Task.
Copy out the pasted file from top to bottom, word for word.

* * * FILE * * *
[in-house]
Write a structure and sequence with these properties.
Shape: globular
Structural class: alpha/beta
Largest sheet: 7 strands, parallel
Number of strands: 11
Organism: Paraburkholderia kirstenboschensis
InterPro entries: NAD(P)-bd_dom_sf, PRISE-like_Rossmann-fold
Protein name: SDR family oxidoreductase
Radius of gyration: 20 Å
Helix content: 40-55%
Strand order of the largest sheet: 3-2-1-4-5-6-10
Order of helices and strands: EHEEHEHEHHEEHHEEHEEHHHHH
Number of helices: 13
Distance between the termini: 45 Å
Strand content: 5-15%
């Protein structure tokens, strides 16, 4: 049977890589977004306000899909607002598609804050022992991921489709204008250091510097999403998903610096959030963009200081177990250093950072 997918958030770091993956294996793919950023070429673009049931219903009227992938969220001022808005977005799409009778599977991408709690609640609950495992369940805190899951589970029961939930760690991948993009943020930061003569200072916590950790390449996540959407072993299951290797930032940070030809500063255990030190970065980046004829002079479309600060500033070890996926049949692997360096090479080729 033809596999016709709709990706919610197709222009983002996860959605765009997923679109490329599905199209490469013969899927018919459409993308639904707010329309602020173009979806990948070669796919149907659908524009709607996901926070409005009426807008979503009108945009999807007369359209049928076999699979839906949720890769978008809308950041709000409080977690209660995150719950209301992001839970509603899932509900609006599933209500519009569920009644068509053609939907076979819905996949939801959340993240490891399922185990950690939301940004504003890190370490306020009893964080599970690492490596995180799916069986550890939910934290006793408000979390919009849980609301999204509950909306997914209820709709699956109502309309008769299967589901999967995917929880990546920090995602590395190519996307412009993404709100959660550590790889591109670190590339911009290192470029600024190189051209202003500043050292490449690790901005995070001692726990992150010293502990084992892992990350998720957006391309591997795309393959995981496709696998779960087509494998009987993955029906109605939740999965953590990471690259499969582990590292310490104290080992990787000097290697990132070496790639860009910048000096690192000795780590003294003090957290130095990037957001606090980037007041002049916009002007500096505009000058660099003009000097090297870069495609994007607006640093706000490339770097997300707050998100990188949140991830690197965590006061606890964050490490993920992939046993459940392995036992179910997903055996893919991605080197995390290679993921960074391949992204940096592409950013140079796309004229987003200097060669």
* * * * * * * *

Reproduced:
[in-house]
Write a structure and sequence with these properties.
Shape: globular
Structural class: alpha/beta
Largest sheet: 7 strands, parallel
Number of strands: 11
Organism: Paraburkholderia kirstenboschensis
InterPro entries: NAD(P)-bd_dom_sf, PRISE-like_Rossmann-fold
Protein name: SDR family oxidoreductase
Radius of gyration: 20 Å
Helix content: 40-55%
Strand order of the largest sheet: 3-2-1-4-5-6-10
Order of helices and strands: EHEEHEHEHHEEHHEEHEEHHHHH
Number of helices: 13
Distance between the termini: 45 Å
Strand content: 5-15%
């Protein structure tokens, strides 16, 4: 049977890589977004306000899909607002598609804050022992991921489709204008250091510097999403998903610096959030963009200081177990250093950072 997918958030770091993956294996793919950023070429673009049931219903009227992938969220001022808005977005799409009778599977991408709690609640609950495992369940805190899951589970029961939930760690991948993009943020930061003569200072916590950790390449996540959407072993299951290797930032940070030809500063255990030190970065980046004829002079479309600060500033070890996926049949692997360096090479080729 033809596999016709709709990706919610197709222009983002996860959605765009997923679109490329599905199209490469013969899927018919459409993308639904707010329309602020173009979806990948070669796919149907659908524009709607996901926070409005009426807008979503009108945009999807007369359209049928076999699979839906949720890769978008809308950041709000409080977690209660995150719950209301992001839970509603899932509900609006599933209500519009569920009644068509053609939907076979819905996949939801959340993240490891399922185990950690939301940004504003890190370490306020009893964080599970690492490596995180799916069986550890939910934290006793408000979390919009849980609301999204509950909306997914209820709709699956109502309309008769299967589901999967995917929880990546920090995602590395190519996307412009993404709100959660550590790889591109670190590339911009290192470029600024190189051209202003500043050292490449690790901005995070001692726990992150010293502990084992892992990350998720957006391309591997795309393959995981496709696998779960087509494998009987993955029906109605939740999965953590990471690259499969582990590292310490104290080992990787000097290697990132070496790639860009910048000096690192000795780590003294003090957290130095990037957001606090980037007041002049916009002007500096505009000058660099003009000097090297870069495609994007607006640093706000490339770097997300707050998100990188949140991830690197965590006061606890964050490490993920992939046993459940392995036992179910997903055996893919991605080197995390290679993921960074391949992204940096592409950013140079796309004229987003200097060669």